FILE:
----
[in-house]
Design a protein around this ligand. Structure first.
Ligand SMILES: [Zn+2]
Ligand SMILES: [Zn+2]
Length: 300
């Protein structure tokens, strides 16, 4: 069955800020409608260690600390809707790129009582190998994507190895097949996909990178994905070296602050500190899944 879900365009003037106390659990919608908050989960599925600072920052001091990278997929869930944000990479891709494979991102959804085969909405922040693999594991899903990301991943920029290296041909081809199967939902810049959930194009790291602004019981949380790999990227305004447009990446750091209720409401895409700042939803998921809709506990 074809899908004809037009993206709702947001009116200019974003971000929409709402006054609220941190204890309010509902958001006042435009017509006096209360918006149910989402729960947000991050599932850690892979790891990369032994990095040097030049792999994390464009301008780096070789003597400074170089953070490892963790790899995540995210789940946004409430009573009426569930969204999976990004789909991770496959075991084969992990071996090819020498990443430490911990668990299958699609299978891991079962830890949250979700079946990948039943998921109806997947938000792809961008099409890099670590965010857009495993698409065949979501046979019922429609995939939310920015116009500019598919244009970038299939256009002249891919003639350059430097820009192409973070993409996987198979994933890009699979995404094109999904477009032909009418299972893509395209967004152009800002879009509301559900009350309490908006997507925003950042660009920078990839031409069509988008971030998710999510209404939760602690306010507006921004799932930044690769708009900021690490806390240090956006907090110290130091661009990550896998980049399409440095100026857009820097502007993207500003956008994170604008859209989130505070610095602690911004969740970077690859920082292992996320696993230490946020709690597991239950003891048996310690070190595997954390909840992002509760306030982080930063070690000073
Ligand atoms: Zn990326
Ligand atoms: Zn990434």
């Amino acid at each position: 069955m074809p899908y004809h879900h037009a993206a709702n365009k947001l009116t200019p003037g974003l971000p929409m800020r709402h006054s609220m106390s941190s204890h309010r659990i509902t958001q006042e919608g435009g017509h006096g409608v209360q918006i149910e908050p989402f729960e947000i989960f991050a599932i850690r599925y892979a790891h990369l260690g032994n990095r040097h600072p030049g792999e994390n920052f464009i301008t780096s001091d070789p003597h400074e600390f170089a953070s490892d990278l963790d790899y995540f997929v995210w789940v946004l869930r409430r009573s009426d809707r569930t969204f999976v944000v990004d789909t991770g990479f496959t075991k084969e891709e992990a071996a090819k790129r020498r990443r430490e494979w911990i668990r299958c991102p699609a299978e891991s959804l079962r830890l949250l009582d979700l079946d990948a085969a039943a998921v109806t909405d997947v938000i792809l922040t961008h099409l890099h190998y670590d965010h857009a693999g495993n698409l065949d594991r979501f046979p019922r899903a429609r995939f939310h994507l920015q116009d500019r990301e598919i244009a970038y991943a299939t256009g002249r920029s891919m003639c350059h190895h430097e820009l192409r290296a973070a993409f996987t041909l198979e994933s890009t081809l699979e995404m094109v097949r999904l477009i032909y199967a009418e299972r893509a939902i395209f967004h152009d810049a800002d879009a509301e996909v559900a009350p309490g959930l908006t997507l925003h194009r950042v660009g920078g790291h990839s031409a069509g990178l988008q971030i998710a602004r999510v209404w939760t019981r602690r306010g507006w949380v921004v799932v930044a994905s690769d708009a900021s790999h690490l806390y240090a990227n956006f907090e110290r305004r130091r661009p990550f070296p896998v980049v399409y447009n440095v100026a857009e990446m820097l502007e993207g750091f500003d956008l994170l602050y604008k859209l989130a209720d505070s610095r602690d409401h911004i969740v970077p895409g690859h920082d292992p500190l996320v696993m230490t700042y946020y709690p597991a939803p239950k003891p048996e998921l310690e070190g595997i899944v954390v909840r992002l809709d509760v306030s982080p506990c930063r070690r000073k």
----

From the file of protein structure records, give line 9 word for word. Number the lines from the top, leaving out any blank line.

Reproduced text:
């Amino acid at each position: 069955m074809p899908y004809h879900h037009a993206a709702n365009k947001l009116t200019p003037g974003l971000p929409m800020r709402h006054s609220m106390s941190s204890h309010r659990i509902t958001q006042e919608g435009g017509h006096g409608v209360q918006i149910e908050p989402f729960e947000i989960f991050a599932i850690r599925y892979a790891h990369l260690g032994n990095r040097h600072p030049g792999e994390n920052f464009i301008t780096s001091d070789p003597h400074e600390f170089a953070s490892d990278l963790d790899y995540f997929v995210w789940v946004l869930r409430r009573s009426d809707r569930t969204f999976v944000v990004d789909t991770g990479f496959t075991k084969e891709e992990a071996a090819k790129r020498r990443r430490e494979w911990i668990r299958c991102p699609a299978e891991s959804l079962r830890l949250l009582d979700l079946d990948a085969a039943a998921v109806t909405d997947v938000i792809l922040t961008h099409l890099h190998y670590d965010h857009a693999g495993n698409l065949d594991r979501f046979p019922r899903a429609r995939f939310h994507l920015q116009d500019r990301e598919i244009a970038y991943a299939t256009g002249r920029s891919m003639c350059h190895h430097e820009l192409r290296a973070a993409f996987t041909l198979e994933s890009t081809l699979e995404m094109v097949r999904l477009i032909y199967a009418e299972r893509a939902i395209f967004h152009d810049a800002d879009a509301e996909v559900a009350p309490g959930l908006t997507l925003h194009r950042v660009g920078g790291h990839s031409a069509g990178l988008q971030i998710a602004r999510v209404w939760t019981r602690r306010g507006w949380v921004v799932v930044a994905s690769d708009a900021s790999h690490l806390y240090a990227n956006f907090e110290r305004r130091r661009p990550f070296p896998v980049v399409y447009n440095v100026a857009e990446m820097l502007e993207g750091f500003d956008l994170l602050y604008k859209l989130a209720d505070s610095r602690d409401h911004i969740v970077p895409g690859h920082d292992p500190l996320v696993m230490t700042y946020y709690p597991a939803p239950k003891p048996e998921l310690e070190g595997i899944v954390v909840r992002l809709d509760v306030s982080p506990c930063r070690r000073k």